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Hands-Free May Not Improve Safety

Hands Free Cell Phones Don't Solve Driver Distraction

The number of wireless phone subscribers in the U.S. is constantly growing and studies have linked the use of wireless phones while driving to an increased number of automobile crashes. Across the U.S. and in other countries, numerous efforts are underway to pass legislation that allows only hands-free wireless phone use while driving. This push is based on the assumption that hands-free phones reduce the visual-manual demands of wireless phone use and are safer since the driver can keep both hands on the wheel and both eyes on the road.

However, hands-free wireless phones most commonly allow only for hands-free conversation; accessing the phone, dialing, and hanging up still involve physical contact with the phone as well as directed glances toward it. Drivers are still temporarily distracted during these times and are potential opportunities for automobile crashes.

The National Highway Traffic Safety Administration (NHTSA) recently conducted a driving simulator study to examine the effects of phone interface type on driving performance and drivers' ability to perform phone tasks. In theory, voice dialing should relieve the visual demand related to dialing a wireless phone while driving. Unfortunately, if the voice recognition capability of the hands-free interface is poor, placing a call may actually take longer than it would with manual dialing, thus increasing the length of time a driver must focus on the phone and not the road in front of them.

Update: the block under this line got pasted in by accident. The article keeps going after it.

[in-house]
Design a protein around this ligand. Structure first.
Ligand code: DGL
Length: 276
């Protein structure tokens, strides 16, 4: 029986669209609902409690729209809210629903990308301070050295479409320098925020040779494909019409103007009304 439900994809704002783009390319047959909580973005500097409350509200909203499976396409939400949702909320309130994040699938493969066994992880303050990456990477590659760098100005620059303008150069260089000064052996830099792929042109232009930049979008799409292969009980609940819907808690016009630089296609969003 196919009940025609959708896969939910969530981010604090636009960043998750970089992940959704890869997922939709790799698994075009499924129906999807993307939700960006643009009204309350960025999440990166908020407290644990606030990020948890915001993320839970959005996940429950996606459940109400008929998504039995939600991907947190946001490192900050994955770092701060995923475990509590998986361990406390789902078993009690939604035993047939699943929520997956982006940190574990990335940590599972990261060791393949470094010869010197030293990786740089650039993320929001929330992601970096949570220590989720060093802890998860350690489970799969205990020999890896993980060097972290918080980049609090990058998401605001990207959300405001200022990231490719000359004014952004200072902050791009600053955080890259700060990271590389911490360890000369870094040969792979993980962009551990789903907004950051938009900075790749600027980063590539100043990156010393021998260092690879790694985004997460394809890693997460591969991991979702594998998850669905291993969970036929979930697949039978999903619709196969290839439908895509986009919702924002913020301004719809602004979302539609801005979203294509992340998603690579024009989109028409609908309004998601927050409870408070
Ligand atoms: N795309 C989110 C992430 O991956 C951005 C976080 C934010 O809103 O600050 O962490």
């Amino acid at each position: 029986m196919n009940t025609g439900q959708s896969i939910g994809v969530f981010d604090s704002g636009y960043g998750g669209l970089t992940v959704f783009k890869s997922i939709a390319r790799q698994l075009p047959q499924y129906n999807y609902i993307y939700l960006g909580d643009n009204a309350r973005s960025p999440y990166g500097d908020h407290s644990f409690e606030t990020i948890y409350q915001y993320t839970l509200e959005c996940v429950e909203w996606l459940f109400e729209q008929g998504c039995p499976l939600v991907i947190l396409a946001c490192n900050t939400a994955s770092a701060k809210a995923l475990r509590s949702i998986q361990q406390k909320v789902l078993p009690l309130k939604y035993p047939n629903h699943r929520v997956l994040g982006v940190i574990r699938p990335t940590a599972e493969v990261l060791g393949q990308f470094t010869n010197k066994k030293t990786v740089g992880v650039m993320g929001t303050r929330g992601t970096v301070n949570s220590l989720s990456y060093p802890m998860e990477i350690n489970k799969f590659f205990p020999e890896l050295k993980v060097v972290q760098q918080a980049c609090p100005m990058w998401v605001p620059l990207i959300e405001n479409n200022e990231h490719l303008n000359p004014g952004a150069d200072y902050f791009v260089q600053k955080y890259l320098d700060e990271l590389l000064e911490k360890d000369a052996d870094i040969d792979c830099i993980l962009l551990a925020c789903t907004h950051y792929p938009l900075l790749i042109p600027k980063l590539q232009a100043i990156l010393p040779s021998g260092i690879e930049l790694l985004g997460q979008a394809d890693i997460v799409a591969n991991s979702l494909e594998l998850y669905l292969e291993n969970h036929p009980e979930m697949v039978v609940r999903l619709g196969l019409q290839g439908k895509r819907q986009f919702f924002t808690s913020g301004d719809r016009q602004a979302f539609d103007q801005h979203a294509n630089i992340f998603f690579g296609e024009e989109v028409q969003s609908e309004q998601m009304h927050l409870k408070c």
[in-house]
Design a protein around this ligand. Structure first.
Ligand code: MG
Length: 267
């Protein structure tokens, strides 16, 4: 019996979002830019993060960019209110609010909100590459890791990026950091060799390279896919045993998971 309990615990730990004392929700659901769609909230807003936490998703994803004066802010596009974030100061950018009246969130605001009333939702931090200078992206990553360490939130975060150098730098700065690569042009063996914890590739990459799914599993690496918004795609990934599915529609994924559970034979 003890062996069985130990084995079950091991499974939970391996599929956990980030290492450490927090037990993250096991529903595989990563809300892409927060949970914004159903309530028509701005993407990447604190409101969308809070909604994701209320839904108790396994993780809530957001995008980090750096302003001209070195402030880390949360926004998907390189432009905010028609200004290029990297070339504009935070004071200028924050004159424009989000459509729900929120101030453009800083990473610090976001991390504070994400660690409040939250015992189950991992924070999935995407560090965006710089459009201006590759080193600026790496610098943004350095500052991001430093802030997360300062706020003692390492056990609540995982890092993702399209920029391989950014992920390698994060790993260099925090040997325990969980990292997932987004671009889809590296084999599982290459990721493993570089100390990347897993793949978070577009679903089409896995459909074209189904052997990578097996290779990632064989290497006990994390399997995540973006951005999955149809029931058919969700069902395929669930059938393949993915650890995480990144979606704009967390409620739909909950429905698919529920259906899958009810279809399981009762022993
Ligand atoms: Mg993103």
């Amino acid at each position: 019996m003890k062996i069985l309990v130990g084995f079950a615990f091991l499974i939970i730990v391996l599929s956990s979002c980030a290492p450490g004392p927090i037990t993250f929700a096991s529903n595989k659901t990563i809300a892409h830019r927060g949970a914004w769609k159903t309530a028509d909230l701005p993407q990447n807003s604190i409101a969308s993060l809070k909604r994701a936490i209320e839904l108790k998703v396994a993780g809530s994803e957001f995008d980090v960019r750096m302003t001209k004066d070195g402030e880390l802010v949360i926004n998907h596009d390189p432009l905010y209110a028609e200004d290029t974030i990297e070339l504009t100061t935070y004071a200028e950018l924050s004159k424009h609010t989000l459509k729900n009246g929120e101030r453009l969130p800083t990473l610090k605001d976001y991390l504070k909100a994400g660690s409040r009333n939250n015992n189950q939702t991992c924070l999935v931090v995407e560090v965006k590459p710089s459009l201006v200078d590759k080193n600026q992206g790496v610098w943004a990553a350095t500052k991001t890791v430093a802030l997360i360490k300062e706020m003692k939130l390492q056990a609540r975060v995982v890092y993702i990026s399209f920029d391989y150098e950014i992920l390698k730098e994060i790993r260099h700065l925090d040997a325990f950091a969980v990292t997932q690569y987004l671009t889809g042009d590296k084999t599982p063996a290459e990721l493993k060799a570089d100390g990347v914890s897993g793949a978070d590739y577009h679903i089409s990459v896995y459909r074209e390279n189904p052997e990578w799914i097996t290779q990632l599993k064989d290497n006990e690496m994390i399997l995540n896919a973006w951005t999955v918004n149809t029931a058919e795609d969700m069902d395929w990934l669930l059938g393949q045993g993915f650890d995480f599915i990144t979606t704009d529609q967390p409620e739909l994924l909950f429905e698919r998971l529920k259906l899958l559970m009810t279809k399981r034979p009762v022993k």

NHTSA conducted the study using the National Advanced Driving Simulator (NADS). Results showed that in most cases participants overestimated the difficulties linked with hands-free phone interfaces. In general, drivers considered the hand-held interface to be most difficult to use, followed by the headset hands-free and voice dialing hands-free interfaces, respectively. However, significant differences among interfaces were evident for dialing and hanging up. The hand-held interface was associated with the fewest dialing errors and significantly faster dialing times than the two hands-free interfaces.

A substantial portion of the 163 million cell phone subscribers use their wireless phones while driving, at least occasionally. According to a survey by the National Highway Traffic Safety Administration (NHTSA), at any given time, an estimated 3 percent of those driving passenger vehicles on America's roadways are talking on hand-held wireless phones (NHTSA, 2001). The 2000 Motor Vehicle Occupant Safety Survey estimated that 73 percent of drivers who said they usually have a wireless phone in their vehicle with them use a hand-held phone, while 22 percent use hands-free equipment (NHTSA, 2001). The crash related effects of wireless phone use while driving is a controversial issue, and has been under public scrutiny in recent years.

Rae Tyson, a spokesperson for NHTSA had this to say "We've evaluated and come to the conclusion that hands-free use is just as risky or perhaps riskier than hand-held phones because it's the cognitive distraction that can compromise driving."

(Source: NHTSA)